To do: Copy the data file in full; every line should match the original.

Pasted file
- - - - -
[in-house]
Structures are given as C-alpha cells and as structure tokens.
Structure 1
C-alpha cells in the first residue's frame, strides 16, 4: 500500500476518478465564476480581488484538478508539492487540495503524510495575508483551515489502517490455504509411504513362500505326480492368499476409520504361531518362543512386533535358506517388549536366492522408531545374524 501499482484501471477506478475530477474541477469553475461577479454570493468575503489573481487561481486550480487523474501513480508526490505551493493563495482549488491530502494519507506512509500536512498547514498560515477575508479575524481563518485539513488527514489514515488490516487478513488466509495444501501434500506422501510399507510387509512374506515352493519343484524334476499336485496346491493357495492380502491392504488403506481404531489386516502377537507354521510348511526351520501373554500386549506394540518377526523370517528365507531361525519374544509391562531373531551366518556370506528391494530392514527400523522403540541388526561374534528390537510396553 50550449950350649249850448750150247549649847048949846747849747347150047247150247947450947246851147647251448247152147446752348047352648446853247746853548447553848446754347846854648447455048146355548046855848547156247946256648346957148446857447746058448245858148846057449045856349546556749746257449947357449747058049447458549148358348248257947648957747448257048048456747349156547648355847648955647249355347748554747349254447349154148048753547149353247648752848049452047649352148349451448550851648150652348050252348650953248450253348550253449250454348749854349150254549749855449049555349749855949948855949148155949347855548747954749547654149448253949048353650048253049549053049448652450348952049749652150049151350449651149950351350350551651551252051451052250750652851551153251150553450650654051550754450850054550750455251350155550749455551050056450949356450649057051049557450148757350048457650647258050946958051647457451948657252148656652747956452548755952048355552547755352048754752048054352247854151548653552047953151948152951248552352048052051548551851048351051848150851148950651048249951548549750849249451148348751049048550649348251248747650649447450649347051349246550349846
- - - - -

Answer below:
[in-house]
Structures are given as C-alpha cells and as structure tokens.
Structure 1
C-alpha cells in the first residue's frame, strides 16, 4: 500500500476518478465564476480581488484538478508539492487540495503524510495575508483551515489502517490455504509411504513362500505326480492368499476409520504361531518362543512386533535358506517388549536366492522408531545374524 501499482484501471477506478475530477474541477469553475461577479454570493468575503489573481487561481486550480487523474501513480508526490505551493493563495482549488491530502494519507506512509500536512498547514498560515477575508479575524481563518485539513488527514489514515488490516487478513488466509495444501501434500506422501510399507510387509512374506515352493519343484524334476499336485496346491493357495492380502491392504488403506481404531489386516502377537507354521510348511526351520501373554500386549506394540518377526523370517528365507531361525519374544509391562531373531551366518556370506528391494530392514527400523522403540541388526561374534528390537510396553 50550449950350649249850448750150247549649847048949846747849747347150047247150247947450947246851147647251448247152147446752348047352648446853247746853548447553848446754347846854648447455048146355548046855848547156247946256648346957148446857447746058448245858148846057449045856349546556749746257449947357449747058049447458549148358348248257947648957747448257048048456747349156547648355847648955647249355347748554747349254447349154148048753547149353247648752848049452047649352148349451448550851648150652348050252348650953248450253348550253449250454348749854349150254549749855449049555349749855949948855949148155949347855548747954749547654149448253949048353650048253049549053049448652450348952049749652150049151350449651149950351350350551651551252051451052250750652851551153251150553450650654051550754450850054550750455251350155550749455551050056450949356450649057051049557450148757350048457650647258050946958051647457451948657252148656652747956452548755952048355552547755352048754752048054352247854151548653552047953151948152951248552352048052051548551851048351051848150851148950651048249951548549750849249451148348751049048550649348251248747650649447450649347051349246550349846